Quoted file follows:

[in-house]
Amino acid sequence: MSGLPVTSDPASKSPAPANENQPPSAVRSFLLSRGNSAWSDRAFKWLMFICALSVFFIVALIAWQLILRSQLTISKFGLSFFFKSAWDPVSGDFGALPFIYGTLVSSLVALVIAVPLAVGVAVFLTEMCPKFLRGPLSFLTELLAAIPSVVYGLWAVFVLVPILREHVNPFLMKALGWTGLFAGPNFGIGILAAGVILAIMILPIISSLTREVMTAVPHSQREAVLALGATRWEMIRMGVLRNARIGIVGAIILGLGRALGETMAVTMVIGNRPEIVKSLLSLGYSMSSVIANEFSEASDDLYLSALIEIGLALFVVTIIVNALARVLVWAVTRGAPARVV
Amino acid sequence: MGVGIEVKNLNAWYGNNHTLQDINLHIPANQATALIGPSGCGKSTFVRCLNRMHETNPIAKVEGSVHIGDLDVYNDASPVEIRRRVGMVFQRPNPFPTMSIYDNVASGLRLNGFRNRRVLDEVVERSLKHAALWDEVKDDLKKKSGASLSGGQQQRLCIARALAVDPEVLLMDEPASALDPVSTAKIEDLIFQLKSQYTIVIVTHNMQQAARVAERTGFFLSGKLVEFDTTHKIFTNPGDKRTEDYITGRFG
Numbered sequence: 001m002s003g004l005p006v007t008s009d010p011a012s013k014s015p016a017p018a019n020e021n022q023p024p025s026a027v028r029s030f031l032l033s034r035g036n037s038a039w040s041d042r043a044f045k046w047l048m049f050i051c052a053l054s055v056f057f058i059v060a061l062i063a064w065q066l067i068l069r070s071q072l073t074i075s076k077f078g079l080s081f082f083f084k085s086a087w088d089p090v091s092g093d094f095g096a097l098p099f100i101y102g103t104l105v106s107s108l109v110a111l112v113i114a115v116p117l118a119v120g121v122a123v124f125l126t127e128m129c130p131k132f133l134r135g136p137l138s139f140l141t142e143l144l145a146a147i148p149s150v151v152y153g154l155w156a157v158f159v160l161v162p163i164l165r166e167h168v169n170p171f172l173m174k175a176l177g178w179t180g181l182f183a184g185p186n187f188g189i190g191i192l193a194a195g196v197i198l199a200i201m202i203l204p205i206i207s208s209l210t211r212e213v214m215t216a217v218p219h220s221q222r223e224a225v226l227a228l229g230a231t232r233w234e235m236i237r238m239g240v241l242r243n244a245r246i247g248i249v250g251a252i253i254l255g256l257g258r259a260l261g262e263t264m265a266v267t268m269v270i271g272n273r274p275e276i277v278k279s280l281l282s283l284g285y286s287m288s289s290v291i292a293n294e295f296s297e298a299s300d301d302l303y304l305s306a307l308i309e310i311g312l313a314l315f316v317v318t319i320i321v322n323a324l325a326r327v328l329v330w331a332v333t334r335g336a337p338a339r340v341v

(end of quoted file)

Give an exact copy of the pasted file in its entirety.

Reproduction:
[in-house]
Amino acid sequence: MSGLPVTSDPASKSPAPANENQPPSAVRSFLLSRGNSAWSDRAFKWLMFICALSVFFIVALIAWQLILRSQLTISKFGLSFFFKSAWDPVSGDFGALPFIYGTLVSSLVALVIAVPLAVGVAVFLTEMCPKFLRGPLSFLTELLAAIPSVVYGLWAVFVLVPILREHVNPFLMKALGWTGLFAGPNFGIGILAAGVILAIMILPIISSLTREVMTAVPHSQREAVLALGATRWEMIRMGVLRNARIGIVGAIILGLGRALGETMAVTMVIGNRPEIVKSLLSLGYSMSSVIANEFSEASDDLYLSALIEIGLALFVVTIIVNALARVLVWAVTRGAPARVV
Amino acid sequence: MGVGIEVKNLNAWYGNNHTLQDINLHIPANQATALIGPSGCGKSTFVRCLNRMHETNPIAKVEGSVHIGDLDVYNDASPVEIRRRVGMVFQRPNPFPTMSIYDNVASGLRLNGFRNRRVLDEVVERSLKHAALWDEVKDDLKKKSGASLSGGQQQRLCIARALAVDPEVLLMDEPASALDPVSTAKIEDLIFQLKSQYTIVIVTHNMQQAARVAERTGFFLSGKLVEFDTTHKIFTNPGDKRTEDYITGRFG
Numbered sequence: 001m002s003g004l005p006v007t008s009d010p011a012s013k014s015p016a017p018a019n020e021n022q023p024p025s026a027v028r029s030f031l032l033s034r035g036n037s038a039w040s041d042r043a044f045k046w047l048m049f050i051c052a053l054s055v056f057f058i059v060a061l062i063a064w065q066l067i068l069r070s071q072l073t074i075s076k077f078g079l080s081f082f083f084k085s086a087w088d089p090v091s092g093d094f095g096a097l098p099f100i101y102g103t104l105v106s107s108l109v110a111l112v113i114a115v116p117l118a119v120g121v122a123v124f125l126t127e128m129c130p131k132f133l134r135g136p137l138s139f140l141t142e143l144l145a146a147i148p149s150v151v152y153g154l155w156a157v158f159v160l161v162p163i164l165r166e167h168v169n170p171f172l173m174k175a176l177g178w179t180g181l182f183a184g185p186n187f188g189i190g191i192l193a194a195g196v197i198l199a200i201m202i203l204p205i206i207s208s209l210t211r212e213v214m215t216a217v218p219h220s221q222r223e224a225v226l227a228l229g230a231t232r233w234e235m236i237r238m239g240v241l242r243n244a245r246i247g248i249v250g251a252i253i254l255g256l257g258r259a260l261g262e263t264m265a266v267t268m269v270i271g272n273r274p275e276i277v278k279s280l281l282s283l284g285y286s287m288s289s290v291i292a293n294e295f296s297e298a299s300d301d302l303y304l305s306a307l308i309e310i311g312l313a314l315f316v317v318t319i320i321v322n323a324l325a326r327v328l329v330w331a332v333t334r335g336a337p338a339r340v341v